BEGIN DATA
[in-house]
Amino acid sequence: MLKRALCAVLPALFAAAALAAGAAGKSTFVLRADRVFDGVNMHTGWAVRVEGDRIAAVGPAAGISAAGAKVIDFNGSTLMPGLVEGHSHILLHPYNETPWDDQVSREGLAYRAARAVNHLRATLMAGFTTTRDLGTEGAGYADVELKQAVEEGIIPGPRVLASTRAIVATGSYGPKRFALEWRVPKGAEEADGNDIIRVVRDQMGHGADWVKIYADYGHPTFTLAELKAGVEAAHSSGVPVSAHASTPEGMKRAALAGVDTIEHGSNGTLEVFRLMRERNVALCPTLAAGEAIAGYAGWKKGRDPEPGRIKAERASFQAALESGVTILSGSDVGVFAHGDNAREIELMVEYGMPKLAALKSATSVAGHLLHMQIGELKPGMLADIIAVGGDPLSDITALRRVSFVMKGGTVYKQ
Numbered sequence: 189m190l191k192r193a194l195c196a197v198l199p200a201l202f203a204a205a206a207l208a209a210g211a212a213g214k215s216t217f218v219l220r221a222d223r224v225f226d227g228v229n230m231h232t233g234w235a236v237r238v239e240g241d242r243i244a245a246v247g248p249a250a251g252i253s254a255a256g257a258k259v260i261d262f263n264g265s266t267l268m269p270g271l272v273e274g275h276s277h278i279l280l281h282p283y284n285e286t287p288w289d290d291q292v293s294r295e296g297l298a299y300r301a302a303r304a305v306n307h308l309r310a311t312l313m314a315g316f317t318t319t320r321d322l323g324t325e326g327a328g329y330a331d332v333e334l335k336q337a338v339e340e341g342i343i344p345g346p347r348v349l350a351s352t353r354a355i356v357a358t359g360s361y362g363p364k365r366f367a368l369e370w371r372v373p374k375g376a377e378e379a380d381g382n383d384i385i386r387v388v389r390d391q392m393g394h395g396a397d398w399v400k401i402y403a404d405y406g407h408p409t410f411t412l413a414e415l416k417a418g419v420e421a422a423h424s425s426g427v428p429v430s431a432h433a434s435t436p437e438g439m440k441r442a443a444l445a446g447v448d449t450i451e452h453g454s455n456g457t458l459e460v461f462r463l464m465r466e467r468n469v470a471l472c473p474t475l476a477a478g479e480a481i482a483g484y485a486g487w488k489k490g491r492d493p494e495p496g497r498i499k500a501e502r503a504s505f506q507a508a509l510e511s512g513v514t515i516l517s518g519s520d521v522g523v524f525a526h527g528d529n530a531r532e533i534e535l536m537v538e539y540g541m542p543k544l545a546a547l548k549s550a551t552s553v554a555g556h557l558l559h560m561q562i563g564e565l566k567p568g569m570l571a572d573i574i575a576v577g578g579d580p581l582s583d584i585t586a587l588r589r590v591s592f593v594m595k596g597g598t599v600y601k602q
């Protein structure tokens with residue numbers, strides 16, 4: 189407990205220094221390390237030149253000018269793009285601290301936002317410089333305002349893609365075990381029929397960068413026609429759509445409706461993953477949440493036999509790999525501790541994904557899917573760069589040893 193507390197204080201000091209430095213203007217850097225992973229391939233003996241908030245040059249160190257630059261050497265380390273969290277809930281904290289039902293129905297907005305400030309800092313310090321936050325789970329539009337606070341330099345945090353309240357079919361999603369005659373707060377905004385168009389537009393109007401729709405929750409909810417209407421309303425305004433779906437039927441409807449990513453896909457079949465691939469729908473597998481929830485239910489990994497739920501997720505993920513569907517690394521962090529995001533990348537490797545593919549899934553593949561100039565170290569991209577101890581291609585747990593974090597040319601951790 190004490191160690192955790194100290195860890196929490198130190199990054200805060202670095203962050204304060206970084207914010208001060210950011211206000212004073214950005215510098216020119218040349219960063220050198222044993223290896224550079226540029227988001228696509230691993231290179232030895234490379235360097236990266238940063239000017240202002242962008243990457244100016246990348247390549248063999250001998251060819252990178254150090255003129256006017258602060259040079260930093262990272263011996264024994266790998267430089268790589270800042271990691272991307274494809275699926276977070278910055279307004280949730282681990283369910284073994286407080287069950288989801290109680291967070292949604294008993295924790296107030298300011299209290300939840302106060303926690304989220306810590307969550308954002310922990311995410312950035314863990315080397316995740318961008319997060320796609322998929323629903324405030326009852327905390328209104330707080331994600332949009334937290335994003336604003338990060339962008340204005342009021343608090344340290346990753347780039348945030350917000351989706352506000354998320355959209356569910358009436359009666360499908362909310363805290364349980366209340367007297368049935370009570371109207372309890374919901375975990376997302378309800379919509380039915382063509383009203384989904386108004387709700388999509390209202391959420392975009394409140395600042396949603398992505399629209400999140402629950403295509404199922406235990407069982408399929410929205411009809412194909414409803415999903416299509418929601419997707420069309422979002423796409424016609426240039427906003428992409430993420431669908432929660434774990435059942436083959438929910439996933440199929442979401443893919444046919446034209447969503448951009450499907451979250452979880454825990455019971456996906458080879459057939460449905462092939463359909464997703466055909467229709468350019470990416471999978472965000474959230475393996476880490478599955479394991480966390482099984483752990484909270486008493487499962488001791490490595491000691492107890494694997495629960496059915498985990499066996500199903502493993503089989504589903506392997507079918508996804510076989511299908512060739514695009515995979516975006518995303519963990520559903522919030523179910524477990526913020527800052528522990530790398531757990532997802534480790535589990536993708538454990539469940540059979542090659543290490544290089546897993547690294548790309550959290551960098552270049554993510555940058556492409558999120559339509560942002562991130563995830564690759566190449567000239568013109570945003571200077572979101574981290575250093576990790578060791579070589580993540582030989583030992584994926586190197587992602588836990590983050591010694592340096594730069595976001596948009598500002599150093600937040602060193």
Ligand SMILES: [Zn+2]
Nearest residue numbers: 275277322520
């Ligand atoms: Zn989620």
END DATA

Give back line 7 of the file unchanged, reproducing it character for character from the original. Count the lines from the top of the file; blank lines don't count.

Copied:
């Ligand atoms: Zn989620």